Can rabies in cats be cured?

Rabies has no cure and in most cases will lead to the death of the infected cat. This is why the best tool at our disposal to fight rabies is prevention. Vaccination schedules for cats are essential to ensuring their health, not just preventing rabies, but other pathologies common in felines. You also need to be careful if your cat is allowed outside unsupervised. Cats which get in fights are more likely to get rabies as the bites they may incur are the most common cause of transmission. If cats bring home dead animals, this can be a worry, but as we said rodents and birds are not likely to get rabies.

How Long Will a Cat Live with Rabies? - Rabies in cats

Stages of rabies in cats

When the bite occurs, the rabies virus present in saliva directly penetrates the muscles and tissue. The virus then begins to multiply in this place. The virus then spreads through the surrounding structures and those closest to the nervous tissue. It is neurotropic meaning it has a certain affinity for nerve fibers. It also does not require blood as a means of diffusion throughout the body.

The following are the main phases of rabies:

  • Incubation: this stage of rabies begins when the cat receives the bite and ends with the first appearance of symptoms. Unfortunately, the animal during this period seems completely healthy and shows no symptoms. It can last from a week to several months until the disease manifests itself.
  • Prodromal: during this phase we begin to see some behavioral changes. The cat may be more nervous, scared, tired or introverted. This phase can last between 2 and 10 days.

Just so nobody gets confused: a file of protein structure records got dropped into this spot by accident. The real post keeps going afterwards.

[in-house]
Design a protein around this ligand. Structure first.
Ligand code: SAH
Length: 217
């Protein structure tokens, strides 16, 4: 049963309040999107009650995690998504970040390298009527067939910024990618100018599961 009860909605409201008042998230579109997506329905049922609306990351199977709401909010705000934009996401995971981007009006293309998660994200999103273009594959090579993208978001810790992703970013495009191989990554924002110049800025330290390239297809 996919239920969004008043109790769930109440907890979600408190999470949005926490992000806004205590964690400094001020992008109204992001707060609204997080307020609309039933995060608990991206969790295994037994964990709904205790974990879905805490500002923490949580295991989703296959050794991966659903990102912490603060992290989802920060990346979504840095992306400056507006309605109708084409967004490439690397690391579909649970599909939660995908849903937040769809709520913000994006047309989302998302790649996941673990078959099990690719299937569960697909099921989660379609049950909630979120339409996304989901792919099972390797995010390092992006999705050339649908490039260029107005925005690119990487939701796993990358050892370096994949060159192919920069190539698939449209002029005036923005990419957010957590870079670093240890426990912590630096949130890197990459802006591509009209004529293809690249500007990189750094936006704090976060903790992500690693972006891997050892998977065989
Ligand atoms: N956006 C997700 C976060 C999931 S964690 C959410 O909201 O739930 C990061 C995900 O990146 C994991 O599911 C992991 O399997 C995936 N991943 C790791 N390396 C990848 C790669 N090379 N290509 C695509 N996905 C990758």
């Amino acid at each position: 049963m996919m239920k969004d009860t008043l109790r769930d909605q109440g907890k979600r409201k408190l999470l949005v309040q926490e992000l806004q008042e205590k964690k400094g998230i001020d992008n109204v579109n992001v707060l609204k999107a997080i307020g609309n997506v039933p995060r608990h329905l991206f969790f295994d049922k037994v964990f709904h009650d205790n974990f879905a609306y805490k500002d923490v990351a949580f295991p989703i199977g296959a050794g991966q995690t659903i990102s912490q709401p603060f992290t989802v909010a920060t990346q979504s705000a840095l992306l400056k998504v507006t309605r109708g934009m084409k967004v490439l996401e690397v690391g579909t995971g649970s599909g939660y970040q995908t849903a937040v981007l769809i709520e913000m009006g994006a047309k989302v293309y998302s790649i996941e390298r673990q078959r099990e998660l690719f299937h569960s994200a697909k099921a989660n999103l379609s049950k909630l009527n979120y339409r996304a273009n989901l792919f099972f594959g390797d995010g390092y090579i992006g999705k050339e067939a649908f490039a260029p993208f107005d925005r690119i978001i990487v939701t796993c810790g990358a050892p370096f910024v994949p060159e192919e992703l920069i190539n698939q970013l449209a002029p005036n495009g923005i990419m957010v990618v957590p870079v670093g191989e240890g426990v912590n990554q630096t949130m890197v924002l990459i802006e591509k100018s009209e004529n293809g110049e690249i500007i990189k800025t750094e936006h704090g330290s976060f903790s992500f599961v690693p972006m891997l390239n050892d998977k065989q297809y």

• Excitable: this is the phase which most characterizes the disease. The cat becomes aggressive and irritable and is likely to bite and scratch. This biting and scratching is a hyperreaction to any stimuli and is involuntary. It only last three or four days, but special caution is required.
  • Paralysis: this is the final phase of the disease in which we can observe paralysis, spasms, come and, finally, death.

Symptoms of rabies in

Here we will show you the most common symptoms of rabies in cats, but not all will present themselves. They include:

  • Fever
  • Aggression
  • Apathy
  • Excessive salivation
  • Vomiting
  • difficulty swallowing
  • Photophobia (aversion to light)
  • Hydrophobia (aversion to water)
  • Seizures
  • Paralysis
  • Foaming at the mouth

This signs are often confused with other neurological diseases. For this reason, whenever we think a cat may have rabies, we need to consult a veterinarian to get an accurate diagnosis. If we observe the symptoms mentioned, then there may is cause for concern, but if they have been in a fight or have recently been seen interacting with dead animals, we should take particular care.